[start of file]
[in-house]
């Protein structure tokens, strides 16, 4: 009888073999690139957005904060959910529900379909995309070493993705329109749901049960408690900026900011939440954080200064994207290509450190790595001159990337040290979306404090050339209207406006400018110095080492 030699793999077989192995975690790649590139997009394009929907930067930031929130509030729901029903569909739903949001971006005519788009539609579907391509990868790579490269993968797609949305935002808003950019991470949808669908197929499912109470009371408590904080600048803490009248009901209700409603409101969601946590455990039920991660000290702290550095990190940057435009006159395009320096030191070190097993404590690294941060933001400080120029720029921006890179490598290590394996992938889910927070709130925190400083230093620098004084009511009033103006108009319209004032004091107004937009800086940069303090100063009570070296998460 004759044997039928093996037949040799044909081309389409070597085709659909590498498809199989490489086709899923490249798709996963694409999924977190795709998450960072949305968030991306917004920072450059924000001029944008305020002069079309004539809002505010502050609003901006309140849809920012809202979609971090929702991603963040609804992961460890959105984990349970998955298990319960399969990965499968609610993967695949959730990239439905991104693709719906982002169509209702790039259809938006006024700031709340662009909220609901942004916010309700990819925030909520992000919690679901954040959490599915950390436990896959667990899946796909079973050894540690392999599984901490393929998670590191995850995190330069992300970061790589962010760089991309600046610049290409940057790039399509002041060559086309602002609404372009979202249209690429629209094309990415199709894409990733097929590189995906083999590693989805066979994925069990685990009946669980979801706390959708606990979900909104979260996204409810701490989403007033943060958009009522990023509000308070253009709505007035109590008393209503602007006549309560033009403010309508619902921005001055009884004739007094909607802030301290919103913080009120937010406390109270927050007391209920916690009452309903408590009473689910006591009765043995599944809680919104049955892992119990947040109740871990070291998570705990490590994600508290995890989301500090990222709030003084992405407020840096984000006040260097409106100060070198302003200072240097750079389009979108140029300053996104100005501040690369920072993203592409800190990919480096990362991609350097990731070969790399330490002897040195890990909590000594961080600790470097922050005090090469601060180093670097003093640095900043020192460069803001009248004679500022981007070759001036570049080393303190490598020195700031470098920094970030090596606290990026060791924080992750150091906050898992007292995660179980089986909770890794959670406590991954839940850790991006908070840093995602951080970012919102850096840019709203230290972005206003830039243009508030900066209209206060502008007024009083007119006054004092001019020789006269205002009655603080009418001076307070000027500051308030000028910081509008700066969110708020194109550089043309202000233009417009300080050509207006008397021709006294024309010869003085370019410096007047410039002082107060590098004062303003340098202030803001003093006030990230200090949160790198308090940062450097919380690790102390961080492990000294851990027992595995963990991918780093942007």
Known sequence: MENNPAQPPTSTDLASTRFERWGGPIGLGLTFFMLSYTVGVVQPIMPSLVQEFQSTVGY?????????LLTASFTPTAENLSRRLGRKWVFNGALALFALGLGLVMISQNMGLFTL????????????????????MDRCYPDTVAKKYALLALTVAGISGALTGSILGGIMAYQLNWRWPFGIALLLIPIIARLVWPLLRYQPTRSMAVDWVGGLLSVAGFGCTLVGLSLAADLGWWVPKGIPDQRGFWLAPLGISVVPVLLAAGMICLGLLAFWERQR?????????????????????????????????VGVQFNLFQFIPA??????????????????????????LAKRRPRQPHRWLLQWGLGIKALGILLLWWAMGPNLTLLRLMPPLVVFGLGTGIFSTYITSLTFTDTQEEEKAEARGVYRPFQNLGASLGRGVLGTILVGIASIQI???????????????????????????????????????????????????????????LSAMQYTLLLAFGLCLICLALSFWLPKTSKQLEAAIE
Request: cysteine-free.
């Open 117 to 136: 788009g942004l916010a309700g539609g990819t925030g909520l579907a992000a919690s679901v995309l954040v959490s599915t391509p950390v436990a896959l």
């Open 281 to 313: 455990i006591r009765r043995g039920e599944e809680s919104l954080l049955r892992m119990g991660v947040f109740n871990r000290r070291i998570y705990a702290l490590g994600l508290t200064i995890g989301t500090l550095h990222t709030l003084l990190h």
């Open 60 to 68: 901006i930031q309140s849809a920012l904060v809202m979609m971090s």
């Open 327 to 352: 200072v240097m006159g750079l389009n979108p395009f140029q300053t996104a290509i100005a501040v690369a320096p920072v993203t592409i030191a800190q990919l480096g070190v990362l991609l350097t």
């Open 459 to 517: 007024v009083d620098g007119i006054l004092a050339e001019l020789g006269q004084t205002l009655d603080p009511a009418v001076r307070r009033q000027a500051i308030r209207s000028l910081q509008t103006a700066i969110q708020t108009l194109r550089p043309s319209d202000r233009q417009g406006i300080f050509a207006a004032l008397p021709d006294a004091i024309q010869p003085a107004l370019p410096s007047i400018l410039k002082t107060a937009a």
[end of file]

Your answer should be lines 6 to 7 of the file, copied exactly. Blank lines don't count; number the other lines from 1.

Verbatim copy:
């Open 281 to 313: 455990i006591r009765r043995g039920e599944e809680s919104l954080l049955r892992m119990g991660v947040f109740n871990r000290r070291i998570y705990a702290l490590g994600l508290t200064i995890g989301t500090l550095h990222t709030l003084l990190h």
């Open 60 to 68: 901006i930031q309140s849809a920012l904060v809202m979609m971090s």